Denmark has seen an explosive rise in the sale of mobility scooters [2] as well as electric bicycles, and the Danish Association of Bicycle Vendors predicted a rise in the sales of these bicycles from 6 to 9% of total sales between 2014 and 2015 [3].

In the United States (US), it has been reported that 1.7 million people use mobility scooters or wheelchairs [4]. The United Kingdom (UK) has an estimated 300,000-350,000 mobility scooters in use [5].

In many other countries, these numbers are roughly estimated or unknown. This is, at least partly, because mobility scooters and powered wheelchairs fall into the categories of other types of vehicles, and hence are not commented upon separately in traffic statistics.

The elderly population have been shown to have an increased risk of traumatic brain injury (TBI) compared to the general population, most commonly resulting from traffic accidents and falls [6]. Furthermore, the mortality after TBI increases with concomitant anticoagulant use-drugs commonly prescribed in older age groups-due to both the overall increased risk of intracranial haemorrhage, as well as the increased severity of the haemorrhages after TBI [7,8].

As users of mobility scooters have a mean age of 81 [9], an accident resulting in TBI could therefore have fatal outcomes. However, with the use of helmets for motorcyclists, a Cochrane review from 2008 [10], found a 42% decrease in the risk of death, and a 69% decrease in the risk of head injury. Similarly, reductions in the rates of brain trauma have been found with helmet use on regular bicycles [11], and other recreational, low-speed vehicles, such as skateboards [12]. Whether this is the case for users of mobility scooters remains unknown, but seems plausible.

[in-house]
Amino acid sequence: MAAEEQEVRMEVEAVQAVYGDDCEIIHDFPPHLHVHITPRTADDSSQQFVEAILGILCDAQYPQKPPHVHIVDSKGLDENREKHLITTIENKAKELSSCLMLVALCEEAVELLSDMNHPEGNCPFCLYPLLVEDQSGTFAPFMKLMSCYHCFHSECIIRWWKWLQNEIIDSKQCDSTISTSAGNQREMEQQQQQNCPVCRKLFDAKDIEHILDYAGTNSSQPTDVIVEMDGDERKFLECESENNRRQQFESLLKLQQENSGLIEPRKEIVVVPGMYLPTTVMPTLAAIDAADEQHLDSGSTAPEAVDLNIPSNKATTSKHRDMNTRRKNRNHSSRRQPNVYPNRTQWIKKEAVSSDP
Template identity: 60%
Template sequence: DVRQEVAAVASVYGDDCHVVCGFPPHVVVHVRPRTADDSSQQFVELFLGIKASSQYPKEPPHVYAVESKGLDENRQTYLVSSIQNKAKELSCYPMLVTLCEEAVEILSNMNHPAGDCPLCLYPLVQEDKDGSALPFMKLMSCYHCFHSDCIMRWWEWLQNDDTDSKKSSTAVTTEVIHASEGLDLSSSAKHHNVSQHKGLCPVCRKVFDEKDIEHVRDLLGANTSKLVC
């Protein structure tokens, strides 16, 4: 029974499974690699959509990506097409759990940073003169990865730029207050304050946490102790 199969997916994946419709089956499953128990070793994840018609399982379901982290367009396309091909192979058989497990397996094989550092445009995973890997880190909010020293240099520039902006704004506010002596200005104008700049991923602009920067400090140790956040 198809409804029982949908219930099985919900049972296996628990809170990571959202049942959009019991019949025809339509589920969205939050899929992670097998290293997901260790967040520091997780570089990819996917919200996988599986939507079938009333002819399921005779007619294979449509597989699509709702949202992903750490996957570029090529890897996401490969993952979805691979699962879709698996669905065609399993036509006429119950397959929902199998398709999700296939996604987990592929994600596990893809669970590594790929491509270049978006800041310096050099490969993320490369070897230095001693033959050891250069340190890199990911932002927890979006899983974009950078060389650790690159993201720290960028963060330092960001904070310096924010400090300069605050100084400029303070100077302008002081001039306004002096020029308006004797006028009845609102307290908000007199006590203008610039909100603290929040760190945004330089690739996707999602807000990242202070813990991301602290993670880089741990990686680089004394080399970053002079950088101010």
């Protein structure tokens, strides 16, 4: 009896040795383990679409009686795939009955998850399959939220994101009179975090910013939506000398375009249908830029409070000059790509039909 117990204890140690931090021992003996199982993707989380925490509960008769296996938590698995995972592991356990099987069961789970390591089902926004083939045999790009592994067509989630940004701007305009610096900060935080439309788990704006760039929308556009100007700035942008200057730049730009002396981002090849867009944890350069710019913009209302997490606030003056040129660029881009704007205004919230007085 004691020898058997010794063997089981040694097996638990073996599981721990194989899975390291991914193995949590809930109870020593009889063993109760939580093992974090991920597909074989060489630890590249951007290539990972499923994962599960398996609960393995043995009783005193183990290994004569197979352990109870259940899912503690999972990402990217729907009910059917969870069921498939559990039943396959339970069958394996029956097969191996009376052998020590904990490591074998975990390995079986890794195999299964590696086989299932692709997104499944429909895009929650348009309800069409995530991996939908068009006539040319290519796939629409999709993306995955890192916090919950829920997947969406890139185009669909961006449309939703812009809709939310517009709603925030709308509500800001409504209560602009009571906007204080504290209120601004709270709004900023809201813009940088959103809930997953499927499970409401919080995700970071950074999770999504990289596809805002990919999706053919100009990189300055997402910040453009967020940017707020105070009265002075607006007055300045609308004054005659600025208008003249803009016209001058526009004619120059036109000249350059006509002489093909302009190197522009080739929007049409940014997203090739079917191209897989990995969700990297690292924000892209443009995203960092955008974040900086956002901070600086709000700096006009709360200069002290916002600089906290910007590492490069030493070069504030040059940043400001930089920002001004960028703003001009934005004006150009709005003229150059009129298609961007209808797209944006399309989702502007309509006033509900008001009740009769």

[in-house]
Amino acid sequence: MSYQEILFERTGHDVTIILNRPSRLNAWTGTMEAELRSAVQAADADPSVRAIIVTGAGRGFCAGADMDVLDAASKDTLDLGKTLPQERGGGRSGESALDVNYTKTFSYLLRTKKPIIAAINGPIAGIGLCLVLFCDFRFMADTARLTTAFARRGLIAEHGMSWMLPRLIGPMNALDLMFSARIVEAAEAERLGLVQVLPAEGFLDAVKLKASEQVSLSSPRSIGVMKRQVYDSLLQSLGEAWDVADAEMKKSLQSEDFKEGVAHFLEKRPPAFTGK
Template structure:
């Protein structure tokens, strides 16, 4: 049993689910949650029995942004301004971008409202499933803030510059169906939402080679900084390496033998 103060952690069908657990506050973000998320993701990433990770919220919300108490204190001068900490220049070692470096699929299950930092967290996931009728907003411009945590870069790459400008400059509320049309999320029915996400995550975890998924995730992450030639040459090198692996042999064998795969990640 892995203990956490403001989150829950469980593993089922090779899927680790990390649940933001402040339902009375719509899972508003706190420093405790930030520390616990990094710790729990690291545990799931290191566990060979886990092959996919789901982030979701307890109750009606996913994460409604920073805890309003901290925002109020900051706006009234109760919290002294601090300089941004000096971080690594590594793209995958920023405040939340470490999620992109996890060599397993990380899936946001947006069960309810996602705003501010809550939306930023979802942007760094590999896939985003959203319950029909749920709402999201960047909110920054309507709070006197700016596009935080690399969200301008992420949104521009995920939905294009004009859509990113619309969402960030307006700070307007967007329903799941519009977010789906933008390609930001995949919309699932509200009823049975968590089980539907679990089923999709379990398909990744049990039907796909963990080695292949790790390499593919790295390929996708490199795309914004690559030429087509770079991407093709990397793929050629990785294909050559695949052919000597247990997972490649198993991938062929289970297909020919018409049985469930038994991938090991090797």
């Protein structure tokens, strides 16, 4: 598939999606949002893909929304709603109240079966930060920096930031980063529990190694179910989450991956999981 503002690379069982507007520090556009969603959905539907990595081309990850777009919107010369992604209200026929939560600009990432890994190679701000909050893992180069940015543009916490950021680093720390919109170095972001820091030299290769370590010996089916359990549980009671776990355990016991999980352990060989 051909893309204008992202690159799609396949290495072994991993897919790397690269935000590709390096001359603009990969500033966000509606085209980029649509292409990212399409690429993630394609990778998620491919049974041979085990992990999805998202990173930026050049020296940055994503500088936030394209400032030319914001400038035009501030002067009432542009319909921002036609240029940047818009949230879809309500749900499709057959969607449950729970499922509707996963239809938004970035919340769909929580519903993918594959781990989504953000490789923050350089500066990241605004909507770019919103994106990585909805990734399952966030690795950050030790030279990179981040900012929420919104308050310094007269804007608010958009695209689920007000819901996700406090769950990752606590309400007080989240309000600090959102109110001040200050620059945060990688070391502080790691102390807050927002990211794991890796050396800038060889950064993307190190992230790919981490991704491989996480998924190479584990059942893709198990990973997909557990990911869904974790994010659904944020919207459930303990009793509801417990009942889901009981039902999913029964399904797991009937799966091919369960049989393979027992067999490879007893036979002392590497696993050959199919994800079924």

In this narrative review, the authors examine current available literature on the topic of mobility scooter use and associated injury, especially TBI. The aim was to shed light on whether there might be a case for mandatory helmet use- as seen with motorbikes- for drivers of mobility scooters.

Search methods

In September 2015, Pubmed and (Danish online library service) were searched. The search strategy was designed and conducted by an experienced medical librarian with input from the authors.

The search in PubMed was limited to MeSH-terms and Major Topics-apart from "Motorcycle Helmet", which did not have MeSH-terms.

Our search identified six studies commenting specifically on mobility scooters. One further study was included, commenting on "open-top, two-, three- or four-wheeled vehicles".

Please see Appendix 1 for a table overview of studies.


Users of mobility scooters have been shown to experience a large increase in quality of life [13,14]. However, the negative effects on fasting blood glucose and diabetes amongst users have also been noted [14]. Although these effects may be, attributed to a more sedentary lifestyle with less physical activity, another study found no decrease in physical capabilities of users [15]. Users have been found to report low knowledge, lack of concise information, and lack of trialing and training prior to purchase [16].

Accident rates involving mobility scooters

Studies have reported accident rates involving mobility scooters of 18-21% [15,9]. In the Australian state of Victoria, 151 accidents involving mobility scooters were seen between 2001-2005, of which six were fatal-three due to TBI [13].

The US has a thorough traffic accident data collection system, including a series of studies on mobility scooters, powered wheelchairs and the effect of protective helmets while operating open-top two-, three- and four-wheeled vehicles. In 2003, more than 100,000 accidents involving mobility scooters were treated in American Emergency Departments-a 100% increase since 1991 [17].

In Denmark, it is recognized that by far the commonest reason for injury involving mobility scooters, relates to the scooter tipping over. Other common injury patterns relate to the user being involved in a road traffic accident, colliding with other persons, running over his or her own feet, or sustaining injuries while mounting or descending the vehicle. Almost half of all reported injury resulted in hematomas and small wounds; 25% resulted in fractures, and 20% in open wounds [1].

When it comes to similar vehicles, one Danish study reporting on electric bicycles (similar speeds) showed seven fatal accidents over two years, six of which occurred in people over the age of 70 [18], somewhat confirming the tendency to accidents and injury with these relatively low-velocity vehicles.